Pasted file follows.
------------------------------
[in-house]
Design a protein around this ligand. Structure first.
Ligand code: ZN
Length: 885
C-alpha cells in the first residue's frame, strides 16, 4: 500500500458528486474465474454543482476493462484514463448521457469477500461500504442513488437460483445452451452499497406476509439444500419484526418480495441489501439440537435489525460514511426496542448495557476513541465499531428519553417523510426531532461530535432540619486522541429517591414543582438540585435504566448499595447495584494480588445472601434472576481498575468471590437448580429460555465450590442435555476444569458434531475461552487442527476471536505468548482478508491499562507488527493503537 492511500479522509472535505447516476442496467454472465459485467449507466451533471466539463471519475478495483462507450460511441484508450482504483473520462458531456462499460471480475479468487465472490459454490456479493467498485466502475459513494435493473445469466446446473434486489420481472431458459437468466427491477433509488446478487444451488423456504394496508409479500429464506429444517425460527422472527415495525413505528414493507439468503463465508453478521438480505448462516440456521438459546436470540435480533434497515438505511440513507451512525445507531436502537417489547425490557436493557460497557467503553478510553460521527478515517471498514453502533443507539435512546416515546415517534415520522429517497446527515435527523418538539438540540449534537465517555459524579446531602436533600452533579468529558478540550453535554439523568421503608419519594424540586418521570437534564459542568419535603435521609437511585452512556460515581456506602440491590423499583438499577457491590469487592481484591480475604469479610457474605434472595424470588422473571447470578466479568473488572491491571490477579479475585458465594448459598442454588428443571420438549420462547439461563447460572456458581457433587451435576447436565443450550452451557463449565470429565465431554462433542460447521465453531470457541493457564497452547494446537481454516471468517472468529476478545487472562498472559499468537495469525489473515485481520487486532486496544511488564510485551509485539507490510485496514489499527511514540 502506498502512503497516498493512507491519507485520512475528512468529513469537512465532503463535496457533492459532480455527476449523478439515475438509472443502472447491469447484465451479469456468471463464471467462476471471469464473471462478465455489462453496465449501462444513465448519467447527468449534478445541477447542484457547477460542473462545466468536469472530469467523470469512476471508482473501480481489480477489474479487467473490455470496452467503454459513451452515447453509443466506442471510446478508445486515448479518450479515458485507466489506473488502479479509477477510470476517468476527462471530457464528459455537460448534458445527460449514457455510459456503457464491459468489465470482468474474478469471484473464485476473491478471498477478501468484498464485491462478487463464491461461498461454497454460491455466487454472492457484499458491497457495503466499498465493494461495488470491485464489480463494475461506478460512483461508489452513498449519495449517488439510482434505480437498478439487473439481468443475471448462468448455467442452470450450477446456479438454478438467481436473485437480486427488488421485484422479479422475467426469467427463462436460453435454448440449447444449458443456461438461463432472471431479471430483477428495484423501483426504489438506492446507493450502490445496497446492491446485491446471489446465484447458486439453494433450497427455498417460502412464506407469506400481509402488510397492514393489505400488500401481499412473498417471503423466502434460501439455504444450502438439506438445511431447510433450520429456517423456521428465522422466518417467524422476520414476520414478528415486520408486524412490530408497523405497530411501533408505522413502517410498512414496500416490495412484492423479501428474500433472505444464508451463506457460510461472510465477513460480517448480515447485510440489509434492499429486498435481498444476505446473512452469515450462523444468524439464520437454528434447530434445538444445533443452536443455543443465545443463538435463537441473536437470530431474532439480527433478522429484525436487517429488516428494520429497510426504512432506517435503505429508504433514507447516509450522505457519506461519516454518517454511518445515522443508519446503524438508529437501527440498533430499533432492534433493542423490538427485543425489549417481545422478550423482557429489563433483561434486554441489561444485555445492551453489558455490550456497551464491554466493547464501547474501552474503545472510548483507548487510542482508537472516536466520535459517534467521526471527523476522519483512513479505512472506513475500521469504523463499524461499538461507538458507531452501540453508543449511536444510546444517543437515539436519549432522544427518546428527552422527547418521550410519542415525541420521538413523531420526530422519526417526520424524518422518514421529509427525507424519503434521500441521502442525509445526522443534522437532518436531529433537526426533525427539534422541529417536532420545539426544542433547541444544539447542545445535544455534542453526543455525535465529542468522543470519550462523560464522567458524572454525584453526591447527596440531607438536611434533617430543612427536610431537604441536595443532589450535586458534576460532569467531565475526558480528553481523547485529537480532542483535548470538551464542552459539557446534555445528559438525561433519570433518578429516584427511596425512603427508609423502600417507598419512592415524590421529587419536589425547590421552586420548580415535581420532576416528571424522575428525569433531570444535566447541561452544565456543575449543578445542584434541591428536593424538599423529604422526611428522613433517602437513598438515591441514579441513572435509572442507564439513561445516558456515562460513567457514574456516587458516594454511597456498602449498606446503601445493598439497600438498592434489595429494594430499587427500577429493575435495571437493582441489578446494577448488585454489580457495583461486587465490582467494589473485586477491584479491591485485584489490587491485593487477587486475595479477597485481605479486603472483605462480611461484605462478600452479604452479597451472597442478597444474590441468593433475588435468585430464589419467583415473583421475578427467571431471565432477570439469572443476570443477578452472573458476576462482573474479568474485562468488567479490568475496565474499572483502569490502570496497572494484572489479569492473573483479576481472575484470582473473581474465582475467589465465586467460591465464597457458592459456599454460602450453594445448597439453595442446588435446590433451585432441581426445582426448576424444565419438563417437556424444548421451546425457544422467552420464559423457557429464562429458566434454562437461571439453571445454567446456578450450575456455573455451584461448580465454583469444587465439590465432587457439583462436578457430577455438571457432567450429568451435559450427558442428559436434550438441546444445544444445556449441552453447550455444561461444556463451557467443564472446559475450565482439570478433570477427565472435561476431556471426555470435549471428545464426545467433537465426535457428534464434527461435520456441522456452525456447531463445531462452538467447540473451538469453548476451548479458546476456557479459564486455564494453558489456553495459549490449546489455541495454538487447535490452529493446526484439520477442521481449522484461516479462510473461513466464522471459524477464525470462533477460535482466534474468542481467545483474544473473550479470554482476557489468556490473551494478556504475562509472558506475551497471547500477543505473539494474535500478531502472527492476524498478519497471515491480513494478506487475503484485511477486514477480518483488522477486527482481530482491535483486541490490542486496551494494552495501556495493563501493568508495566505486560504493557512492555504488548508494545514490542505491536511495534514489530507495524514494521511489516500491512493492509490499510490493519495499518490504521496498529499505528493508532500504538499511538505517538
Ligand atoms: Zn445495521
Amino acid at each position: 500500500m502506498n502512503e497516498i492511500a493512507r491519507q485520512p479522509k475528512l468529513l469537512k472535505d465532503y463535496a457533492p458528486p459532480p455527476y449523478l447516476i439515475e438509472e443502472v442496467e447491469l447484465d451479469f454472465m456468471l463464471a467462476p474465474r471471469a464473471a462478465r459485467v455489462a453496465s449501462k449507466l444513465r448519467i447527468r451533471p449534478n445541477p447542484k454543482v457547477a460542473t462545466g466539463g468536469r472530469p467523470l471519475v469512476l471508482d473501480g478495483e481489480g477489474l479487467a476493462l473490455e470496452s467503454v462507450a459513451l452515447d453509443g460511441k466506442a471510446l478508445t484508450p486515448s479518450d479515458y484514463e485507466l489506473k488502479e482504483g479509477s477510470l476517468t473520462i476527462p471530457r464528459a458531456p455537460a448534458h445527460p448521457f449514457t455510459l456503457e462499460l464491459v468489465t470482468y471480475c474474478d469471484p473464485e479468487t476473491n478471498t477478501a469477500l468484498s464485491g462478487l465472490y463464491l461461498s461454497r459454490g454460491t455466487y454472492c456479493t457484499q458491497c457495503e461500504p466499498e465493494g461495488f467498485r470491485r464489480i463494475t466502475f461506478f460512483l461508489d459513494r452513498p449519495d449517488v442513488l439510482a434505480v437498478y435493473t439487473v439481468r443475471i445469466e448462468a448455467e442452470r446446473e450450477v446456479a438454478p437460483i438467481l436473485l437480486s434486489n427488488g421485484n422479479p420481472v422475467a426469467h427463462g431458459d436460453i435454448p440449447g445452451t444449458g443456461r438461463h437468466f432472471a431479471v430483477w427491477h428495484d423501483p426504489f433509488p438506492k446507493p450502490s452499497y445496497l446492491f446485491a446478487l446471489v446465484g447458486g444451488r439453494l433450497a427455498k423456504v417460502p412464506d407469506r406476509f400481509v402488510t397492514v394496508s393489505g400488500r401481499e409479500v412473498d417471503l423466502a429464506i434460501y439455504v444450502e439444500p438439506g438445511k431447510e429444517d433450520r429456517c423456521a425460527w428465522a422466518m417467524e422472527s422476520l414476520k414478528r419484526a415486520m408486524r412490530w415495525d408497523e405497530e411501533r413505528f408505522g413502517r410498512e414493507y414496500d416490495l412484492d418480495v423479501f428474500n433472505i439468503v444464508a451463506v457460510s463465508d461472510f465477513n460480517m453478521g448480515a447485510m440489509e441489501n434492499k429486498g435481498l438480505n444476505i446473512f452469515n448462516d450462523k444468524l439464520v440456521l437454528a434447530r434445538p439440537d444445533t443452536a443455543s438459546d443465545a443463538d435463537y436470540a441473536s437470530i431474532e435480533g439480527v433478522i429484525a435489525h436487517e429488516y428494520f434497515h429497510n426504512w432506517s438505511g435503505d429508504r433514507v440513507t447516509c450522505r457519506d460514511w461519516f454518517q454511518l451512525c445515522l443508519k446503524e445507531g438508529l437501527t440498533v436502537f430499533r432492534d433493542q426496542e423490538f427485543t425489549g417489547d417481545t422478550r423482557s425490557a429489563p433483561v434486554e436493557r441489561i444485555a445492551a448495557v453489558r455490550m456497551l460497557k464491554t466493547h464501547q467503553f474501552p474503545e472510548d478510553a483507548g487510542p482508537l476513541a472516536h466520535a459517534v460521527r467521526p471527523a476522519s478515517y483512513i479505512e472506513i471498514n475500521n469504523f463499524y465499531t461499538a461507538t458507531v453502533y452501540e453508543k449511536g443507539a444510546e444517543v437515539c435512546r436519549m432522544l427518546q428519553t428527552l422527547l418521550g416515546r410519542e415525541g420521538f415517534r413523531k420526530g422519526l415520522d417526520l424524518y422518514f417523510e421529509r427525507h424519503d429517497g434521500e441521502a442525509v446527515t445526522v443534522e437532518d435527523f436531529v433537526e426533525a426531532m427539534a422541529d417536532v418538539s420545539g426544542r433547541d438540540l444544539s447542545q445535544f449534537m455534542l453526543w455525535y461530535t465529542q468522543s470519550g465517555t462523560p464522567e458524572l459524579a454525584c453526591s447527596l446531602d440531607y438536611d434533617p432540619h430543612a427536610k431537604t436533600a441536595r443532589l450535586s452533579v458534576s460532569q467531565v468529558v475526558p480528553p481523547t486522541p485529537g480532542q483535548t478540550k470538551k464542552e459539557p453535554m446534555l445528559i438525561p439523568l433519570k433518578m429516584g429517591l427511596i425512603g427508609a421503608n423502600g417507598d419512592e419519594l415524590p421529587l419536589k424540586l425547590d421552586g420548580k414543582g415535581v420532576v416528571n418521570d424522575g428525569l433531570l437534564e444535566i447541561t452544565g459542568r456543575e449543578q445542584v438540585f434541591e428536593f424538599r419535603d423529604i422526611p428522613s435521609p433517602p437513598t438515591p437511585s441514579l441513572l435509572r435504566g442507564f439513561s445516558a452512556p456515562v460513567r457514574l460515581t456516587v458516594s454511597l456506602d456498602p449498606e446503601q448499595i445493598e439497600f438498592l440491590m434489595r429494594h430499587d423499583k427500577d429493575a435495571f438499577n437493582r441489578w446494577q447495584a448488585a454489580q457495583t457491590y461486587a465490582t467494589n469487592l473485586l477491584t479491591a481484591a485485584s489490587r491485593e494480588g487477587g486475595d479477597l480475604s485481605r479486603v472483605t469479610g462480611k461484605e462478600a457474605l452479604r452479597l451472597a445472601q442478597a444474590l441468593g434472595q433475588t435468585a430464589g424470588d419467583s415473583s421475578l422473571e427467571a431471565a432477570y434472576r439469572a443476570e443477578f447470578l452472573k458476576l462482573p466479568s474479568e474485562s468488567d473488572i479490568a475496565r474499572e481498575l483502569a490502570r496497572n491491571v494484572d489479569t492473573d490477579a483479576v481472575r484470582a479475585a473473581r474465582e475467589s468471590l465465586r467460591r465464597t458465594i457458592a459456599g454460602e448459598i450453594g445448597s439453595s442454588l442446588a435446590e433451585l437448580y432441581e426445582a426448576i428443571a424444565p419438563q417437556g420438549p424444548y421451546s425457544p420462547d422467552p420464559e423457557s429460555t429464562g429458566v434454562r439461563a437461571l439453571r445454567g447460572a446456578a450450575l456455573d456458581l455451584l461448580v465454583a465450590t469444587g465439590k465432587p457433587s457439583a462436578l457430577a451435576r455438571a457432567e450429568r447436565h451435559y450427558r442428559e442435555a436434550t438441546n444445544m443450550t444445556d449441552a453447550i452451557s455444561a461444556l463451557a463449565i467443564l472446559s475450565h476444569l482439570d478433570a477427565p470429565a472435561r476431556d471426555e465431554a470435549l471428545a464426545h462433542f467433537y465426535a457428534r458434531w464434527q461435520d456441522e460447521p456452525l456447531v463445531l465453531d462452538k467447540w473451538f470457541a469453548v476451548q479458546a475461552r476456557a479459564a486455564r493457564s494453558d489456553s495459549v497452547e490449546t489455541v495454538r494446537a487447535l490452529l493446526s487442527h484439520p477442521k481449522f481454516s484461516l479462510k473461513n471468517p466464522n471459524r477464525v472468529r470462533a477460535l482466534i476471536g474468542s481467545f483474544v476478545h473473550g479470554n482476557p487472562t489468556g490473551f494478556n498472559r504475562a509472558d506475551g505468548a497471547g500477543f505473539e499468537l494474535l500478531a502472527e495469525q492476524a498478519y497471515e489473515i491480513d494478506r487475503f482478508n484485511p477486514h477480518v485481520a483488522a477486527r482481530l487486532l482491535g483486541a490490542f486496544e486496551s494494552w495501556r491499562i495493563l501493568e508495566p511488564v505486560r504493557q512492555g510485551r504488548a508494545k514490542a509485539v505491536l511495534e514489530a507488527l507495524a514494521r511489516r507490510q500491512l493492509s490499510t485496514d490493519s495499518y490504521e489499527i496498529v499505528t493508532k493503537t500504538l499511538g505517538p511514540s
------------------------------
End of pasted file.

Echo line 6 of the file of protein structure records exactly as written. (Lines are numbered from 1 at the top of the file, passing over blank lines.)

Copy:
Ligand atoms: Zn445495521